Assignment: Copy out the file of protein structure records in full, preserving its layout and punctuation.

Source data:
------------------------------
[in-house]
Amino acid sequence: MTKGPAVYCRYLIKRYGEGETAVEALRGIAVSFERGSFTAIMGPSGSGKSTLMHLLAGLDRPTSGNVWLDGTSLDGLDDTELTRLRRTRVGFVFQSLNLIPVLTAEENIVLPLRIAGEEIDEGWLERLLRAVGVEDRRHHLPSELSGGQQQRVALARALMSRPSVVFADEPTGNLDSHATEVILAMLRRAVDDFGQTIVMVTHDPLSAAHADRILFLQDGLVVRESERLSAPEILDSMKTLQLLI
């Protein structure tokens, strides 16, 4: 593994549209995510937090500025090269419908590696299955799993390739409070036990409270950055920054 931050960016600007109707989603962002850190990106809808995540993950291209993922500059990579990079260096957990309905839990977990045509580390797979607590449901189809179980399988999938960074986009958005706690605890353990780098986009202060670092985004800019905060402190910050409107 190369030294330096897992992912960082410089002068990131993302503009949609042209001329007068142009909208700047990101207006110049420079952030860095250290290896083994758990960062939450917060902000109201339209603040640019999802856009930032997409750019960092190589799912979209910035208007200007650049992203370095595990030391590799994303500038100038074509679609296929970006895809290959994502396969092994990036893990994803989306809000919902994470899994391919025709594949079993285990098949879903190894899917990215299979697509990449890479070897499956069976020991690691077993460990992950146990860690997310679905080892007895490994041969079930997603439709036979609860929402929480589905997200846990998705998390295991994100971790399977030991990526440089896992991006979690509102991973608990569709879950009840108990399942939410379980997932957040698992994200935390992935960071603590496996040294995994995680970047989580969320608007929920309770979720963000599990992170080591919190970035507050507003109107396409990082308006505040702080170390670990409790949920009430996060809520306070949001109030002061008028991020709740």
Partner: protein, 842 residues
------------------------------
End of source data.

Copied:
[in-house]
Amino acid sequence: MTKGPAVYCRYLIKRYGEGETAVEALRGIAVSFERGSFTAIMGPSGSGKSTLMHLLAGLDRPTSGNVWLDGTSLDGLDDTELTRLRRTRVGFVFQSLNLIPVLTAEENIVLPLRIAGEEIDEGWLERLLRAVGVEDRRHHLPSELSGGQQQRVALARALMSRPSVVFADEPTGNLDSHATEVILAMLRRAVDDFGQTIVMVTHDPLSAAHADRILFLQDGLVVRESERLSAPEILDSMKTLQLLI
């Protein structure tokens, strides 16, 4: 593994549209995510937090500025090269419908590696299955799993390739409070036990409270950055920054 931050960016600007109707989603962002850190990106809808995540993950291209993922500059990579990079260096957990309905839990977990045509580390797979607590449901189809179980399988999938960074986009958005706690605890353990780098986009202060670092985004800019905060402190910050409107 190369030294330096897992992912960082410089002068990131993302503009949609042209001329007068142009909208700047990101207006110049420079952030860095250290290896083994758990960062939450917060902000109201339209603040640019999802856009930032997409750019960092190589799912979209910035208007200007650049992203370095595990030391590799994303500038100038074509679609296929970006895809290959994502396969092994990036893990994803989306809000919902994470899994391919025709594949079993285990098949879903190894899917990215299979697509990449890479070897499956069976020991690691077993460990992950146990860690997310679905080892007895490994041969079930997603439709036979609860929402929480589905997200846990998705998390295991994100971790399977030991990526440089896992991006979690509102991973608990569709879950009840108990399942939410379980997932957040698992994200935390992935960071603590496996040294995994995680970047989580969320608007929920309770979720963000599990992170080591919190970035507050507003109107396409990082308006505040702080170390670990409790949920009430996060809520306070949001109030002061008028991020709740």
Partner: protein, 842 residues